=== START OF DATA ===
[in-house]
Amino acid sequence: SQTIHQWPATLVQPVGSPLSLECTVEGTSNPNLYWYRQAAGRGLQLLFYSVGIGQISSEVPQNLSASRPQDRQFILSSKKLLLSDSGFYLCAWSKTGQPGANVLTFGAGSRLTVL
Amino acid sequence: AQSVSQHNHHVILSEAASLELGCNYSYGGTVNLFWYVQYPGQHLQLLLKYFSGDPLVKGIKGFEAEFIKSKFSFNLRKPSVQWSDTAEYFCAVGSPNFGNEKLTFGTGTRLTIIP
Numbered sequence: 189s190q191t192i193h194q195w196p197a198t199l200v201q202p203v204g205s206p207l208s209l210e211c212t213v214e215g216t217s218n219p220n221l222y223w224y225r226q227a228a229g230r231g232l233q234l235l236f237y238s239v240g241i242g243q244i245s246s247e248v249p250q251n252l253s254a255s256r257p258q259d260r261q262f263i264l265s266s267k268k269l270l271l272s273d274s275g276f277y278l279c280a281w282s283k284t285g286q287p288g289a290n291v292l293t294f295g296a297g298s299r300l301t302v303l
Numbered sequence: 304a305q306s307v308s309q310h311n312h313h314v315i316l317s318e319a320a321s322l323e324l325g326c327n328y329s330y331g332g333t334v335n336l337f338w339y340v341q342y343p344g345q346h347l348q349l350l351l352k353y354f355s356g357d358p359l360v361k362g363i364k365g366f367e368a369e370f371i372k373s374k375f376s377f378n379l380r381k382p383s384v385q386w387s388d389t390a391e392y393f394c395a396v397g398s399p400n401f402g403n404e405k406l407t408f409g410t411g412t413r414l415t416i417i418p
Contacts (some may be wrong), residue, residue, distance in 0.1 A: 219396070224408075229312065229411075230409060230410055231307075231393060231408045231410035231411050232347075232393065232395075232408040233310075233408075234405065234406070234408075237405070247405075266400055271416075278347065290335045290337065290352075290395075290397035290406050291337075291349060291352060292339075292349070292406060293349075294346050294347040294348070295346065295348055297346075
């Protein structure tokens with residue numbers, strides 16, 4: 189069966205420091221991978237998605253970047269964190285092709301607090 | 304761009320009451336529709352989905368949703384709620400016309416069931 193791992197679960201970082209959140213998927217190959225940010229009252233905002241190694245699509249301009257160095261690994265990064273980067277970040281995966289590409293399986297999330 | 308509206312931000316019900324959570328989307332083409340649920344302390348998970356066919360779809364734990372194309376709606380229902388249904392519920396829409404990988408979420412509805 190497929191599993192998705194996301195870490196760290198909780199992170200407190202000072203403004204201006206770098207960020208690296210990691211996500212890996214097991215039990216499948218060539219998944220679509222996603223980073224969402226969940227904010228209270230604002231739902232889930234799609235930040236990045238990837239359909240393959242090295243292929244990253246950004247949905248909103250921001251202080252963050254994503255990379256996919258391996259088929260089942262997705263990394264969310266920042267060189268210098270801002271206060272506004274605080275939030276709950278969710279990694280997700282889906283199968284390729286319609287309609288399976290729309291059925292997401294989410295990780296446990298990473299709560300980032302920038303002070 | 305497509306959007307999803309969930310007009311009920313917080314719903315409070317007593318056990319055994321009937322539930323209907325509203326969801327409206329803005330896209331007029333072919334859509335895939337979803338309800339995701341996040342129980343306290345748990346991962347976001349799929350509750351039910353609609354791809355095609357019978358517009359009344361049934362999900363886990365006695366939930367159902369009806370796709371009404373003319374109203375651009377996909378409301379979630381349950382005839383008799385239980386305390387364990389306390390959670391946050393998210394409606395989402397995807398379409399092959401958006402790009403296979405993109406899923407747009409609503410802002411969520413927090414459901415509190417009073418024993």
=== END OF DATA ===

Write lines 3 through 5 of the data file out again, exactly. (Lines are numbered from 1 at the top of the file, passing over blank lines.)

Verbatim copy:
Amino acid sequence: AQSVSQHNHHVILSEAASLELGCNYSYGGTVNLFWYVQYPGQHLQLLLKYFSGDPLVKGIKGFEAEFIKSKFSFNLRKPSVQWSDTAEYFCAVGSPNFGNEKLTFGTGTRLTIIP
Numbered sequence: 189s190q191t192i193h194q195w196p197a198t199l200v201q202p203v204g205s206p207l208s209l210e211c212t213v214e215g216t217s218n219p220n221l222y223w224y225r226q227a228a229g230r231g232l233q234l235l236f237y238s239v240g241i242g243q244i245s246s247e248v249p250q251n252l253s254a255s256r257p258q259d260r261q262f263i264l265s266s267k268k269l270l271l272s273d274s275g276f277y278l279c280a281w282s283k284t285g286q287p288g289a290n291v292l293t294f295g296a297g298s299r300l301t302v303l
Numbered sequence: 304a305q306s307v308s309q310h311n312h313h314v315i316l317s318e319a320a321s322l323e324l325g326c327n328y329s330y331g332g333t334v335n336l337f338w339y340v341q342y343p344g345q346h347l348q349l350l351l352k353y354f355s356g357d358p359l360v361k362g363i364k365g366f367e368a369e370f371i372k373s374k375f376s377f378n379l380r381k382p383s384v385q386w387s388d389t390a391e392y393f394c395a396v397g398s399p400n401f402g403n404e405k406l407t408f409g410t411g412t413r414l415t416i417i418p